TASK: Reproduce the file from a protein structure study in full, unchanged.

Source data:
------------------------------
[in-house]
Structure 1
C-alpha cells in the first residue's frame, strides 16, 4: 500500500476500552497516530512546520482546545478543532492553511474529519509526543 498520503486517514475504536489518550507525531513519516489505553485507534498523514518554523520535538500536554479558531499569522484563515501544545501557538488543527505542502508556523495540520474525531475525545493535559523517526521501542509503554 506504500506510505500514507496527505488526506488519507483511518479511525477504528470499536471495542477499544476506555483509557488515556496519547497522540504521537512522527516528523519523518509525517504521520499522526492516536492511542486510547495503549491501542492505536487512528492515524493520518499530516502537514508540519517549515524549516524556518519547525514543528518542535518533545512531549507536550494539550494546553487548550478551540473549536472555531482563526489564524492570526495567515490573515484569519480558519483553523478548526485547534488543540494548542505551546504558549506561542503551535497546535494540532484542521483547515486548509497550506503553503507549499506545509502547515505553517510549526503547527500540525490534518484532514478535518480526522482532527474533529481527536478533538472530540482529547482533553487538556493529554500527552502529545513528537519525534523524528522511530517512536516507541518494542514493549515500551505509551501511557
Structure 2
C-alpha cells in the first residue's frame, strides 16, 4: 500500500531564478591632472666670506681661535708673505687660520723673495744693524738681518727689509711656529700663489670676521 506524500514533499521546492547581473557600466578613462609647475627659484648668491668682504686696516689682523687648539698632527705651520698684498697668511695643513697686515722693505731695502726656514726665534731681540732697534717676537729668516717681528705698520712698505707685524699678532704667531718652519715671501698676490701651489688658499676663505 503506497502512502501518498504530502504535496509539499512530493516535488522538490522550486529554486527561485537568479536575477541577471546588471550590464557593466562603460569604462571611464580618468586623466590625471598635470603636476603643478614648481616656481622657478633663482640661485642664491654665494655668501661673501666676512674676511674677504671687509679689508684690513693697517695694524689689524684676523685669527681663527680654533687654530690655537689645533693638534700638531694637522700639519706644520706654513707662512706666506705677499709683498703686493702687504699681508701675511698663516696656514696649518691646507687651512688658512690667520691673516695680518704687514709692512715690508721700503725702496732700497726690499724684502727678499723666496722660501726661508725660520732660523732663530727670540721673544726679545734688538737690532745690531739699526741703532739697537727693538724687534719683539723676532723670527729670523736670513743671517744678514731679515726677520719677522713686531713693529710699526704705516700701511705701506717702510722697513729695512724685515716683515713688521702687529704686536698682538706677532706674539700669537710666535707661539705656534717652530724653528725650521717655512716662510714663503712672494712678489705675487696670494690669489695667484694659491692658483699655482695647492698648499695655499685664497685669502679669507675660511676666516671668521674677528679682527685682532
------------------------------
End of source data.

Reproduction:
[in-house]
Structure 1
C-alpha cells in the first residue's frame, strides 16, 4: 500500500476500552497516530512546520482546545478543532492553511474529519509526543 498520503486517514475504536489518550507525531513519516489505553485507534498523514518554523520535538500536554479558531499569522484563515501544545501557538488543527505542502508556523495540520474525531475525545493535559523517526521501542509503554 506504500506510505500514507496527505488526506488519507483511518479511525477504528470499536471495542477499544476506555483509557488515556496519547497522540504521537512522527516528523519523518509525517504521520499522526492516536492511542486510547495503549491501542492505536487512528492515524493520518499530516502537514508540519517549515524549516524556518519547525514543528518542535518533545512531549507536550494539550494546553487548550478551540473549536472555531482563526489564524492570526495567515490573515484569519480558519483553523478548526485547534488543540494548542505551546504558549506561542503551535497546535494540532484542521483547515486548509497550506503553503507549499506545509502547515505553517510549526503547527500540525490534518484532514478535518480526522482532527474533529481527536478533538472530540482529547482533553487538556493529554500527552502529545513528537519525534523524528522511530517512536516507541518494542514493549515500551505509551501511557
Structure 2
C-alpha cells in the first residue's frame, strides 16, 4: 500500500531564478591632472666670506681661535708673505687660520723673495744693524738681518727689509711656529700663489670676521 506524500514533499521546492547581473557600466578613462609647475627659484648668491668682504686696516689682523687648539698632527705651520698684498697668511695643513697686515722693505731695502726656514726665534731681540732697534717676537729668516717681528705698520712698505707685524699678532704667531718652519715671501698676490701651489688658499676663505 503506497502512502501518498504530502504535496509539499512530493516535488522538490522550486529554486527561485537568479536575477541577471546588471550590464557593466562603460569604462571611464580618468586623466590625471598635470603636476603643478614648481616656481622657478633663482640661485642664491654665494655668501661673501666676512674676511674677504671687509679689508684690513693697517695694524689689524684676523685669527681663527680654533687654530690655537689645533693638534700638531694637522700639519706644520706654513707662512706666506705677499709683498703686493702687504699681508701675511698663516696656514696649518691646507687651512688658512690667520691673516695680518704687514709692512715690508721700503725702496732700497726690499724684502727678499723666496722660501726661508725660520732660523732663530727670540721673544726679545734688538737690532745690531739699526741703532739697537727693538724687534719683539723676532723670527729670523736670513743671517744678514731679515726677520719677522713686531713693529710699526704705516700701511705701506717702510722697513729695512724685515716683515713688521702687529704686536698682538706677532706674539700669537710666535707661539705656534717652530724653528725650521717655512716662510714663503712672494712678489705675487696670494690669489695667484694659491692658483699655482695647492698648499695655499685664497685669502679669507675660511676666516671668521674677528679682527685682532